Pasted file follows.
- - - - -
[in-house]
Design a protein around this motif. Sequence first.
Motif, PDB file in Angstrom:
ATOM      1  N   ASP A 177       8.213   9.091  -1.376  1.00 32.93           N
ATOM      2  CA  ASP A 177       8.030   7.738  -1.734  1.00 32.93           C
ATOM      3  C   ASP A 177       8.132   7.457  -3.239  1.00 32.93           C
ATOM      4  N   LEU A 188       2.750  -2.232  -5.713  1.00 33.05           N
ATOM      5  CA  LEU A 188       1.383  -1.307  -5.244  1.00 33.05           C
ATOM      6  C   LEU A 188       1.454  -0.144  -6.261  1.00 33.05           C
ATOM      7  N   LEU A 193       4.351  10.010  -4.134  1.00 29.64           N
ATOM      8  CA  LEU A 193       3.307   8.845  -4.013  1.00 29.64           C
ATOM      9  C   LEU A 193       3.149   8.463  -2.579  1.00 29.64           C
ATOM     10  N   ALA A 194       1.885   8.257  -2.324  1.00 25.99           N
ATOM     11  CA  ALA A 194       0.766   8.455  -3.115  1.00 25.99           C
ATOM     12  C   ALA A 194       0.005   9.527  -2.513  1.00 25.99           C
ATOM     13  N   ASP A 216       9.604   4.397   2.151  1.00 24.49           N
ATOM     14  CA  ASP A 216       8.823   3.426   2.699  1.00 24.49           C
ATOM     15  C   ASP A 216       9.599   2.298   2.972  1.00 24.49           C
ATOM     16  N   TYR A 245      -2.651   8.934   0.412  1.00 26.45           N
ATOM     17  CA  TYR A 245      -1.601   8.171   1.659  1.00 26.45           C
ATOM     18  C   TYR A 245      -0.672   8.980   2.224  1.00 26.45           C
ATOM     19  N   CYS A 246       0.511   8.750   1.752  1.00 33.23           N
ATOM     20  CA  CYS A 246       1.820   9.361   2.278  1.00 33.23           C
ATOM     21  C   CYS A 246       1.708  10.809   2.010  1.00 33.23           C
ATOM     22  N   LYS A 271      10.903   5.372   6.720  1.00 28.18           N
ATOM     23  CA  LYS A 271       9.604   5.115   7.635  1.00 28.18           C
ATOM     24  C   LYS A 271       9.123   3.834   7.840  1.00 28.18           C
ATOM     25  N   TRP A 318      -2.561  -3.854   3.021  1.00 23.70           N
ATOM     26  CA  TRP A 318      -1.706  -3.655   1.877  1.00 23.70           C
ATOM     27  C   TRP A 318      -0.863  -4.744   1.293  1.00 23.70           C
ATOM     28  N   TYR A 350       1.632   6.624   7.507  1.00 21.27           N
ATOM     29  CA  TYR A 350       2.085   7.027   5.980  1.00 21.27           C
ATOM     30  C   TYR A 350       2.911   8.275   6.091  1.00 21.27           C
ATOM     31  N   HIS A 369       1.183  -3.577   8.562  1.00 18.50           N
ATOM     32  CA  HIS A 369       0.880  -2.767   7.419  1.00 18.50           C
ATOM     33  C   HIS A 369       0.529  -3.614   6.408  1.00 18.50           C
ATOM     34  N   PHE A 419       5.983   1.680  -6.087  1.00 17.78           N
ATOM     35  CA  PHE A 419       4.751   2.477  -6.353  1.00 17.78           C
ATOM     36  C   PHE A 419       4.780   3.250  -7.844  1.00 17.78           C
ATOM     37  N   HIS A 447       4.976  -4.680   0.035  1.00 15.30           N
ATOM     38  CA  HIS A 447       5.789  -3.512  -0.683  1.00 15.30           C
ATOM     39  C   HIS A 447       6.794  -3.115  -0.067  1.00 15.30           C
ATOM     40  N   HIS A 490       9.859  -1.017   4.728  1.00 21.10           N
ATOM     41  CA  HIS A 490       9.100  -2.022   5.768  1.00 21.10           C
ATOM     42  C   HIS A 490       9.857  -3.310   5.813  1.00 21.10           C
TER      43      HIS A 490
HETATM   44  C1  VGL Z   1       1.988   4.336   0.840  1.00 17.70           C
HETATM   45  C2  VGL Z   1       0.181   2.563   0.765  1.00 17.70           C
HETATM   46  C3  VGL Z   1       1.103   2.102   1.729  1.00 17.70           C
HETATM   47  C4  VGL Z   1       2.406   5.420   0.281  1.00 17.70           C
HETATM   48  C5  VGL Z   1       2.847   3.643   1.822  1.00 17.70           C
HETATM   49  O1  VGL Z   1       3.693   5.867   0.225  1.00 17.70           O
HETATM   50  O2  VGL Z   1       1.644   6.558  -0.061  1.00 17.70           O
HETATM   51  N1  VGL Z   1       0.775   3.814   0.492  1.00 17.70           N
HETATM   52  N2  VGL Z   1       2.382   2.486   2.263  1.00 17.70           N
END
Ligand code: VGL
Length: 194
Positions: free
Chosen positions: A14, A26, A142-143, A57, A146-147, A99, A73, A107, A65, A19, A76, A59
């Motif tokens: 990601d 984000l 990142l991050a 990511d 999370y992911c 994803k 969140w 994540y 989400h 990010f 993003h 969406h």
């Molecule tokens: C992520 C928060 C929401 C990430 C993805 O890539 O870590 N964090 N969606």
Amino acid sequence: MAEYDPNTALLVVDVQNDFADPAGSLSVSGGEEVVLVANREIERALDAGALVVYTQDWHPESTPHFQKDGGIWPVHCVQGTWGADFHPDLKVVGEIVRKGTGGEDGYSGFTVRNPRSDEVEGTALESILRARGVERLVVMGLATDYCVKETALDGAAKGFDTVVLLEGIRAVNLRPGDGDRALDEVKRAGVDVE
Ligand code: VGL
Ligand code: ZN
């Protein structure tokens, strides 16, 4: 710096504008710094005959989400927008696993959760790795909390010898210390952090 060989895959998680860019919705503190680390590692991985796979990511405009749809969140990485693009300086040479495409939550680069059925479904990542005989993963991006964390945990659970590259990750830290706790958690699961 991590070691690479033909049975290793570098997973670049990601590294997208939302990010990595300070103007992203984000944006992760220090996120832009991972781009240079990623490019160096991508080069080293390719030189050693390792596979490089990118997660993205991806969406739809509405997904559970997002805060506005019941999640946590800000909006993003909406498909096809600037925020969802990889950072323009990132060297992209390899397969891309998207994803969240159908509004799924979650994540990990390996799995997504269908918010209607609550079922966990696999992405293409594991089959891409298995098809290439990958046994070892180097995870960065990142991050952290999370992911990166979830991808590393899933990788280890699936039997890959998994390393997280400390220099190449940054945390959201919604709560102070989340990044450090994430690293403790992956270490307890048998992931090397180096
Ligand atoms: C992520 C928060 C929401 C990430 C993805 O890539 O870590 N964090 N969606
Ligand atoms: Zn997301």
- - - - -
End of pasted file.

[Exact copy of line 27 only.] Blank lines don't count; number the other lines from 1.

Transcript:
ATOM     24  C   LYS A 271       9.123   3.834   7.840  1.00 28.18           C